August 11, 2005
Sep. 11 Report: Riveting but Now Flawed
One more thing about the Sep. 11 Commission report: my praise for it was for its depiction of how events unfolded. It was riveting reading through how the attacks took place, government reaction to them, and how people tried to survive. The part of the book I took least seriously was the recomendations. I figured they would get churned up in the meat grinder that is national politics. Little did I know the commission would still be in existence (as a non-profit organization) badgering the President and Congress. A good thing to come out of our new knowledge of Able Danger is it dulls the shine of those concieted commissioners.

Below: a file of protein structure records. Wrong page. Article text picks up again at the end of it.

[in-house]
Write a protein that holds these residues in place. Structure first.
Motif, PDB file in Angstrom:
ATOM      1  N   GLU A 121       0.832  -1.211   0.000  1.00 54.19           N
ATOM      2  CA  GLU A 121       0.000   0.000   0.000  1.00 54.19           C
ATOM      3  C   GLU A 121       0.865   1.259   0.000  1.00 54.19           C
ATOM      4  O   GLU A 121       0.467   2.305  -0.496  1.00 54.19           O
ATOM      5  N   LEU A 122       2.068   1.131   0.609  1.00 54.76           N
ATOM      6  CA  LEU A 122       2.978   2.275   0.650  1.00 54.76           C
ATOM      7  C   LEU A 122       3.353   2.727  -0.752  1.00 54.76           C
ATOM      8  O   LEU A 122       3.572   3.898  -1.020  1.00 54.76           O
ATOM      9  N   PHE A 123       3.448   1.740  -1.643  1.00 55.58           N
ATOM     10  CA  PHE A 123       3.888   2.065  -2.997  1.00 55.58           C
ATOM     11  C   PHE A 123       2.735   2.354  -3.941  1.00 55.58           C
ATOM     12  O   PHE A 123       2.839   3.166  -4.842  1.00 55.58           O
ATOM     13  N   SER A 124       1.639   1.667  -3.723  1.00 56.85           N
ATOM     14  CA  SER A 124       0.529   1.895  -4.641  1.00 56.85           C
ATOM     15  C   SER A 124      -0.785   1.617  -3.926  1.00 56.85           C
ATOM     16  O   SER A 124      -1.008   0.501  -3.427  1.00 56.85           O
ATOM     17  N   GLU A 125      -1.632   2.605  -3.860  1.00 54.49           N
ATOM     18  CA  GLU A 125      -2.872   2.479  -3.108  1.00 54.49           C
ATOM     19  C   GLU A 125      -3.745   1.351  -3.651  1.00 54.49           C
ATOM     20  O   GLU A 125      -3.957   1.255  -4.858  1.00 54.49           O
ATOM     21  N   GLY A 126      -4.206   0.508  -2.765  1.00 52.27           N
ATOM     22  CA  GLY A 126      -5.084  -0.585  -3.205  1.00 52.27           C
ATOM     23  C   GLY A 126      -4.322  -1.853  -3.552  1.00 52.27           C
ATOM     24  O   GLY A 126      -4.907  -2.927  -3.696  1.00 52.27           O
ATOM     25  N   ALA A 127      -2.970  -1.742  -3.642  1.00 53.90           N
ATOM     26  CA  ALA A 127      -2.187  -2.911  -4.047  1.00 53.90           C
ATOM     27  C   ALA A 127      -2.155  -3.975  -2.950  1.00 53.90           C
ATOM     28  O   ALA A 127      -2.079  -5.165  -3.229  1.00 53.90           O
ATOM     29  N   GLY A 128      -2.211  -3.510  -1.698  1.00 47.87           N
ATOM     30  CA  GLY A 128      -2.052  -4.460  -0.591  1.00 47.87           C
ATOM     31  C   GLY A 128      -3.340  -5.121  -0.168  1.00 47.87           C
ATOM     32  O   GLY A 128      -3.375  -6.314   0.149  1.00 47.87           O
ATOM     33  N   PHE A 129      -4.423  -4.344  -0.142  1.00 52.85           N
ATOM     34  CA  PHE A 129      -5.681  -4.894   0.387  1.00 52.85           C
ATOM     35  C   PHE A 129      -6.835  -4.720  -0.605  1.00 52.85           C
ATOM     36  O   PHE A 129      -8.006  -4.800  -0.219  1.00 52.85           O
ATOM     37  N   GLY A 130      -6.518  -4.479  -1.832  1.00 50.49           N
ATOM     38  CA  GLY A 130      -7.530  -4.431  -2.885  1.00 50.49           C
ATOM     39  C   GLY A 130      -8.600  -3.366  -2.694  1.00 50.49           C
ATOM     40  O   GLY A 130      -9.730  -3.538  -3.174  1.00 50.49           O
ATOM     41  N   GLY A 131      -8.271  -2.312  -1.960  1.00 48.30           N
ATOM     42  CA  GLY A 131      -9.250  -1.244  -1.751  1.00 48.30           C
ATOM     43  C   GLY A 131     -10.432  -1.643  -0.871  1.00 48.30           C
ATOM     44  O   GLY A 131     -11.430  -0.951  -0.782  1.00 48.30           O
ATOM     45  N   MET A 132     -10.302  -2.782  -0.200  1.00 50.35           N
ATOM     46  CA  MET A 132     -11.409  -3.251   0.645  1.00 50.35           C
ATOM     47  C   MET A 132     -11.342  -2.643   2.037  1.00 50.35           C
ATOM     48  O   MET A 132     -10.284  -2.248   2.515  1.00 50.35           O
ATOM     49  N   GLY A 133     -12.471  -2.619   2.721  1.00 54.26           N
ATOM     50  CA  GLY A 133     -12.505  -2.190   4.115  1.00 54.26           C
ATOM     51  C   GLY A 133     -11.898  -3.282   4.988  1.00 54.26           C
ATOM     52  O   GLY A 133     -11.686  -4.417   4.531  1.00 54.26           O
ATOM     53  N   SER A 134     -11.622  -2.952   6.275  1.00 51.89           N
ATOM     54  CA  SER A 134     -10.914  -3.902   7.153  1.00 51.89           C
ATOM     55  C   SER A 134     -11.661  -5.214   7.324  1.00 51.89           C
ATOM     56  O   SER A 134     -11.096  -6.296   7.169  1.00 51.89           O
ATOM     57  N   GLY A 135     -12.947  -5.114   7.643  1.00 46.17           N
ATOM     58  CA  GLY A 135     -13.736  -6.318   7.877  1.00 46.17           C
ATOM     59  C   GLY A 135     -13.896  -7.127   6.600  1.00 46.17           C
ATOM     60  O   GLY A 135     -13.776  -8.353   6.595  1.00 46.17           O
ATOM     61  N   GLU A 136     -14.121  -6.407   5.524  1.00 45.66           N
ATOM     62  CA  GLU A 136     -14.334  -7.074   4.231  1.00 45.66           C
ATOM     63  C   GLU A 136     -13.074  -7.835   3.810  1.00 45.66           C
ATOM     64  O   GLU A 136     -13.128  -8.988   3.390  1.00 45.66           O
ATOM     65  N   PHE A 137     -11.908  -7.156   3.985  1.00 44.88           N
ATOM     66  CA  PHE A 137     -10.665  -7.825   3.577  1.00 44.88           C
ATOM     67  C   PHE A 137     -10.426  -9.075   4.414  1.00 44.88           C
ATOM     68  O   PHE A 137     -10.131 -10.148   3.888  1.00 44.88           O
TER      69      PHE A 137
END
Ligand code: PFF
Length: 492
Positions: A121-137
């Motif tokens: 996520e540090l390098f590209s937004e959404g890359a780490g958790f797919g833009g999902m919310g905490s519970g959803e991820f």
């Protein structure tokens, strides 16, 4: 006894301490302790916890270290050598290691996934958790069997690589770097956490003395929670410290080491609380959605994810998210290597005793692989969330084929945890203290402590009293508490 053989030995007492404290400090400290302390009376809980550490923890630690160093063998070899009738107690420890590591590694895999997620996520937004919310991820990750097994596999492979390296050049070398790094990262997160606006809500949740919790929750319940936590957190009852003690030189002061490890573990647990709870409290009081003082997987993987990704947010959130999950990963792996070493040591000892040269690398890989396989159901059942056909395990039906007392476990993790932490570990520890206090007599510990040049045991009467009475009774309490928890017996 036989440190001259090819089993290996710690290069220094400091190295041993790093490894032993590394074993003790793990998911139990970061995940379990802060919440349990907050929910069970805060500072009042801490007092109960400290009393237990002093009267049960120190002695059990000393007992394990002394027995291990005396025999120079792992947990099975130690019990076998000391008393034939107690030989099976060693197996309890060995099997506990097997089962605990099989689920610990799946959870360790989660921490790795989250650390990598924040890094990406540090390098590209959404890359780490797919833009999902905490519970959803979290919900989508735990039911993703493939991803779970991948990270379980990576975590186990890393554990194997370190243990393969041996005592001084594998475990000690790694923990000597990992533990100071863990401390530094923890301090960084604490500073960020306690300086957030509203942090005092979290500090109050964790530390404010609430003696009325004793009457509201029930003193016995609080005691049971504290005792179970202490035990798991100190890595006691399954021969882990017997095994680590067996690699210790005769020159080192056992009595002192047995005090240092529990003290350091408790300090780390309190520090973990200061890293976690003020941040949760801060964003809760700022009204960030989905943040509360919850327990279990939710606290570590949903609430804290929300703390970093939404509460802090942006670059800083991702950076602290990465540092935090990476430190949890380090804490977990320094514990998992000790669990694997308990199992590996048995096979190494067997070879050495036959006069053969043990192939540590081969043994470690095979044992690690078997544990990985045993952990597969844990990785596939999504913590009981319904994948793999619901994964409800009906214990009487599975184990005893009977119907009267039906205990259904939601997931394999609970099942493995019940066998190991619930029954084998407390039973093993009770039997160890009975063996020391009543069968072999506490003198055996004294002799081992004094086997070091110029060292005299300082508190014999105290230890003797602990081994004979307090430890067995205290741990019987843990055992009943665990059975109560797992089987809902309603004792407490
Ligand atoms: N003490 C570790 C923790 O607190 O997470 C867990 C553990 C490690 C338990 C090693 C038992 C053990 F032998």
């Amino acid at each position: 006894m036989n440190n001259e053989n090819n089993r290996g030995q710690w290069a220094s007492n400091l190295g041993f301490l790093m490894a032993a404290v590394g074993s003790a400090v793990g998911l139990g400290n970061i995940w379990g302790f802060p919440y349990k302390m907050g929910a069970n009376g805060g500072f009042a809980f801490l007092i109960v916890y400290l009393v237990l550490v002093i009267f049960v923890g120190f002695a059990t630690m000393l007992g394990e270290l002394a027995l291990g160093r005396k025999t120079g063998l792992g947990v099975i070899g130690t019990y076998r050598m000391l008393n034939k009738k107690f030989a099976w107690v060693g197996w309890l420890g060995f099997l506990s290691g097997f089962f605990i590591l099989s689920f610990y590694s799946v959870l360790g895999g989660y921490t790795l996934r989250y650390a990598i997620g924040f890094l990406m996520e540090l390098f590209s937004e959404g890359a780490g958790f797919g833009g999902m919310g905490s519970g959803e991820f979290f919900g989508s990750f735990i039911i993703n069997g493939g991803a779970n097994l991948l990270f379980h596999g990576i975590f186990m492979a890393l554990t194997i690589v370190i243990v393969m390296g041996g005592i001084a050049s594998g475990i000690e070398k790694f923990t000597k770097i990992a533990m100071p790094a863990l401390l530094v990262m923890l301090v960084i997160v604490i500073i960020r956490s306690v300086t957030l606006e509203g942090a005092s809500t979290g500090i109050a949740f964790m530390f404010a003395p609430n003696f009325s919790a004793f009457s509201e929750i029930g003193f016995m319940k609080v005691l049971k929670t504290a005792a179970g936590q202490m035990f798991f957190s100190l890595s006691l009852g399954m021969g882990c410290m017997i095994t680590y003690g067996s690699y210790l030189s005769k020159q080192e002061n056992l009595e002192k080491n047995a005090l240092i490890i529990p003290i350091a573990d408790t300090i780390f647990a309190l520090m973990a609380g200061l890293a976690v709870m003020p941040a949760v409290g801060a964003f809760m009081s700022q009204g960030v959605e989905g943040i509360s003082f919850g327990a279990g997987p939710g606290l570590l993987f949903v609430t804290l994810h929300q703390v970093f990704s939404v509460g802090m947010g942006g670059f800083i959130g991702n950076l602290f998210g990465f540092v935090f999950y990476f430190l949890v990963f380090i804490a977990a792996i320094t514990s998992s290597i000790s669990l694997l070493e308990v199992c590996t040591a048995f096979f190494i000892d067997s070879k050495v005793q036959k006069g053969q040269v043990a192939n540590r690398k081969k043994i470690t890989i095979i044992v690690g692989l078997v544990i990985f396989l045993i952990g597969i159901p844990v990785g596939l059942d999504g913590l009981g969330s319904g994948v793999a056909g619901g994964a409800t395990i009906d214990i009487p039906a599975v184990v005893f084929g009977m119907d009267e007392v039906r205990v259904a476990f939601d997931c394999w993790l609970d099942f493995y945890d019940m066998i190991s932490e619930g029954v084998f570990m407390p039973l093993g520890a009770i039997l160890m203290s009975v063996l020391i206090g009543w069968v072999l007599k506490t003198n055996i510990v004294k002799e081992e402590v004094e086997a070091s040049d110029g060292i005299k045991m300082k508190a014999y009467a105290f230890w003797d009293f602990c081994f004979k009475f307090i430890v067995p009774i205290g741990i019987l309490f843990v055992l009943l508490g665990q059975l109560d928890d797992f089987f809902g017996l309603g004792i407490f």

James Joyner doesn't go down the conspiracy road:
The alternative explanation, that they were engaged in some sort of political coverup, is dubious. Not only were the commission members selected (with a couple notable exceptions) for their reputations for integrity but they were picked on a bipartisan basis. To the extent that this information reflected unfavorably on the Clinton administration, one would think several of the Republican members would have been happy to see it come to light.
The commissioners weren't the platonic philosopher kings many made them out to be.